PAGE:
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Reflections on the extraordinary power of 'slow water'

In her new book, Water Always Wins, environmental journalist Erica Gies says stop resisting, just go with the flow.

The advance of the climate crisis, marked by its extremes — droughts or deluges, fires or floods — makes abundantly clear the human habit of trying to contain and control water isn’t working.

For her new book, Water Always Wins, Victoria-based National Geographic Explorer Erica Gies criss-crossed the globe, witnessing some of the unanticipated results of modern society’s preference for engineered solutions.

The tendency to hem water in and wrestle to alter its natural course with enormous dams and ever-higher dikes, straightened rivers and hardened shores often exacerbate the symptoms of global warming, the environmental journalist found.

But an array of microbes, animals and communities enjoy beneficial relationships with this vital element by harmonizing with water’s wishes, Gies discovered.

As such, her book explores hopeful and resilient approaches to working with water that respect its natural flow and rhythms, with positive outcomes for humans, biodiversity and the climate.

So, what does water want?

“Basically, what water wants is a return to its slow phases that we have dramatically eradicated with much of our development,” Gies said.

As much as 87 per cent of the world’s wetlands have been eradicated since the 1700s, and humans have heavily encroached on floodplains worldwide, risking homes and businesses should water reassert its return, she said.

“[But] I met all these people around the world seeking to restore, protect or re-create in some way wetlands, floodplains, high-altitude mountain meadows or forests that generate rain — all the things that slow water on the land,” Gies said.

There are many examples of the folly associated with interfering with the natural filter, trickle or spread of water, Gies said, pointing to California, the poster child of perpetual drought.

“California is arguably the apex of water engineering hubris,” Gies said.

Since the mid-19th century, the corralling of two great watercourses, the Sacramento and the San Joaquin rivers, has eliminated the historic annual flushing of the Central Valley — once a vast floodplain — drying it out and denying vital aquifers below an opportunity to top themselves up, she said.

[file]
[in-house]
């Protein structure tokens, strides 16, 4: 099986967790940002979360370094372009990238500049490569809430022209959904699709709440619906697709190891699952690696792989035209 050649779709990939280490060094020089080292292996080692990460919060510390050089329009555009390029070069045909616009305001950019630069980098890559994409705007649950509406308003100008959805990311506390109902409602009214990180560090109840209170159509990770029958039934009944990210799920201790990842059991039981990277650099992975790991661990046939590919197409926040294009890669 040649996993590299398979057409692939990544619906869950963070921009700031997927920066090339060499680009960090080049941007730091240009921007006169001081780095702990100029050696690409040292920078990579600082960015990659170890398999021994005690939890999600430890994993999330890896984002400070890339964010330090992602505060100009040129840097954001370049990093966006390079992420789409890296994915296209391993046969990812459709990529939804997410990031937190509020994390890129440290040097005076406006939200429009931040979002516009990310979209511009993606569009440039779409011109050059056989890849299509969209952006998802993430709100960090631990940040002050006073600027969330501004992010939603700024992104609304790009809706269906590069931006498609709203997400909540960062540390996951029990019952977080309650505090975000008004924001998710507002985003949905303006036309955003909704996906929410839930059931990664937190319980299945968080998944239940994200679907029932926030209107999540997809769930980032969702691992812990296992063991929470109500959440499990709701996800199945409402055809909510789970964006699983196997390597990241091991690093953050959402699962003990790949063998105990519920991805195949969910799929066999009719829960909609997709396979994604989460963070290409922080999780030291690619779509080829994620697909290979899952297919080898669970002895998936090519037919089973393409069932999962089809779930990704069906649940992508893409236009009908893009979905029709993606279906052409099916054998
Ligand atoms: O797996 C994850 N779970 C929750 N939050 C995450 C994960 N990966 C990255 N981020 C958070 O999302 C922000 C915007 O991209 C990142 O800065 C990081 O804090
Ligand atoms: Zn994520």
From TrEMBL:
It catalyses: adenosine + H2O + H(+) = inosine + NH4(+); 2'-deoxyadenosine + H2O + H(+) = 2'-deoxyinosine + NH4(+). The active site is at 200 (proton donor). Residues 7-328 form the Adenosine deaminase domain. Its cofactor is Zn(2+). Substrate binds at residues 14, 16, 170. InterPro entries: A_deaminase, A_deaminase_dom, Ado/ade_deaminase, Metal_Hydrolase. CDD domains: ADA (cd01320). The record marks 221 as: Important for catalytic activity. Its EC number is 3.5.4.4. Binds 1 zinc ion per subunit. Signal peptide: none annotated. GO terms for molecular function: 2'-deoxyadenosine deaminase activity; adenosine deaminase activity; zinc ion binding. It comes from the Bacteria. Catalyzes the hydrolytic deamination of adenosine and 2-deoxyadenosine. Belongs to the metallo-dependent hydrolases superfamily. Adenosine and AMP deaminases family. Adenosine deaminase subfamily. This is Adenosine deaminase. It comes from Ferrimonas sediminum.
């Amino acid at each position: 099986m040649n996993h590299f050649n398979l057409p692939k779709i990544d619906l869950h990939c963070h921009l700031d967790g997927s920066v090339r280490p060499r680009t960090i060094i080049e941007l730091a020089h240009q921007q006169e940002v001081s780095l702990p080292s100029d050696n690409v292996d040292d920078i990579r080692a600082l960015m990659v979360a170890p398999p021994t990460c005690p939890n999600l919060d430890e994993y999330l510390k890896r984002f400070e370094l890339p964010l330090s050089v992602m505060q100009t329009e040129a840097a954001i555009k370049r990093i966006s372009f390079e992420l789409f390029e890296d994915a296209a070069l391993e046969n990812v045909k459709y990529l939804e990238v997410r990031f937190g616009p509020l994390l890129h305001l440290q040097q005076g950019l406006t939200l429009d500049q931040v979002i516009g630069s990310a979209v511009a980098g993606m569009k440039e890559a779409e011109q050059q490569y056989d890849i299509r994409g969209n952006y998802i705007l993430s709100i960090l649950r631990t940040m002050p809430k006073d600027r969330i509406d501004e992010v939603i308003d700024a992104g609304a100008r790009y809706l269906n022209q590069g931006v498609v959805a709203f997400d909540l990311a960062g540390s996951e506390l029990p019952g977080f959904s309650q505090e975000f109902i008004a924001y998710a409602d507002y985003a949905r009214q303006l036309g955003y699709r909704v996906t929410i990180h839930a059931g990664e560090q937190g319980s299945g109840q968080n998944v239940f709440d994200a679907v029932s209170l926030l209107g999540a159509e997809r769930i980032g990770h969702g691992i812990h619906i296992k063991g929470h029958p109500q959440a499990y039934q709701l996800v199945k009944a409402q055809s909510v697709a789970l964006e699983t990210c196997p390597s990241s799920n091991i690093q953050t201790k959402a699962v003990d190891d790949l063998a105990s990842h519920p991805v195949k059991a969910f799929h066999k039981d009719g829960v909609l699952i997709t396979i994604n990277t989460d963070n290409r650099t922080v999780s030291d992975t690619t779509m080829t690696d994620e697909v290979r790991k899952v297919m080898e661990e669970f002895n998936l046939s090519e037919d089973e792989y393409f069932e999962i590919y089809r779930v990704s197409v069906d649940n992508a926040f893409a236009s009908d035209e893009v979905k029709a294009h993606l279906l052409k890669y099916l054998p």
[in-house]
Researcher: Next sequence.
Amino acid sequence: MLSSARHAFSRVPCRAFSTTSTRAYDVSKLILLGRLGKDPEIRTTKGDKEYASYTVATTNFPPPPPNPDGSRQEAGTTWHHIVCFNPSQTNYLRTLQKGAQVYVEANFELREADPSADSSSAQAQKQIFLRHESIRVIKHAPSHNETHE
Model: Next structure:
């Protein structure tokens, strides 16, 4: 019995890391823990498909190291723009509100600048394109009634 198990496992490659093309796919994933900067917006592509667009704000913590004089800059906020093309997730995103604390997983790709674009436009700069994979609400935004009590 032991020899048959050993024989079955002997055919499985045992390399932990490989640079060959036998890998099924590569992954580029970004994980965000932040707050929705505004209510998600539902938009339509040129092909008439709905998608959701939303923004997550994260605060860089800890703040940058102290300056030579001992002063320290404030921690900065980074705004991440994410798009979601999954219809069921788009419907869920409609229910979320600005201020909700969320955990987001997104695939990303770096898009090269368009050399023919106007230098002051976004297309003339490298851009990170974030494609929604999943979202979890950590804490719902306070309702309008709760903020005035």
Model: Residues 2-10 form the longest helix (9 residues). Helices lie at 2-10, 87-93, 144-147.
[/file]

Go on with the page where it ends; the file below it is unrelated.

Compounding the problem, the rivers’ water is funnelled vast distances across the state while the region’s groundwater is heavily tapped to fuel California’s vast agricultural empire — helping to create a critical shortage of water in areas where it once existed in abundance.

Surface water and groundwater are entwined, Gies said.

“We have deprived the natural recharge that happens when the water slows on those lands and moves underground,” she said. And in reverse, stressed aquifers can’t help recharge rivers and tributaries at the surface during the dry season.

“For a long time, California had this sort of political attitude that they were dealing with two separate sources of water that could be regulated independently, or in the case of groundwater, not regulated [at all].”

In her book, Gies digs into ingenious ways of working with, rather than against, water.

But some of the world’s most insightful water engineers are familiar to most Canadians, she said.

“Canadians may take beavers for granted, and in some places might even think of them as pests,” she said. “But beavers are incredibly important for the health of the hydrological cycle, and they’re being used in different places around the world to help protect against drought, wildfire and also flooding.”

Gies dedicates a full chapter to the multitude of ways we can better our relationship with water by relying on and living with beavers.

The skill of these once ubiquitous mammals has been recognized by U.S. authorities, who on various occasions in the past parachuted beavers into wilderness areas to restore watersheds.

The U.K. is also conducting controlled trials using the animals to slow water along river systems and prevent flooding, Gies said, but some folks aren’t waiting for official outcomes.

“Some people have been releasing wild beavers illegally. Guerrilla beavering, if you will, because of their ability to heal ecosystems.”

The recent devastation from flooding across B.C., and Abbotsford in particular, last November on the heels of record-breaking rains is a case study of how primarily relying on built solutions to contain water will be limited or increasingly expensive in the era of climate change, Gies said.

Farmland in Abbotsford was developed by draining Sumas Lake and the surrounding floodplain and building dikes and pump stations.

“As we saw with the atmospheric river, those engineering interventions can only hold up so far and then they fail when water retakes its territory.”

Rather than resorting to our ingrained habit of investing millions or billions into increasing infrastructure, it might be cheaper and easier to take a path of least resistance, she said.

“I think they need to consider giving water some space,” she said.

“I’m not saying that there shouldn’t be any farming in that area anymore, but maybe there’s some marginal farmland that should be returned to the water.”

Respecting water’s ebb and flow sometimes involves giving a little to get a lot, she said.

Slow-water projects, principles, and solutions are unique to each location, community, and culture, she added.

But there are some common principles.

“Basically, it’s down to each area to look at what is going to work best in their space,” Gies said.

“And I think it’s really about respecting water and appreciating the benefits that collaboration can bring.”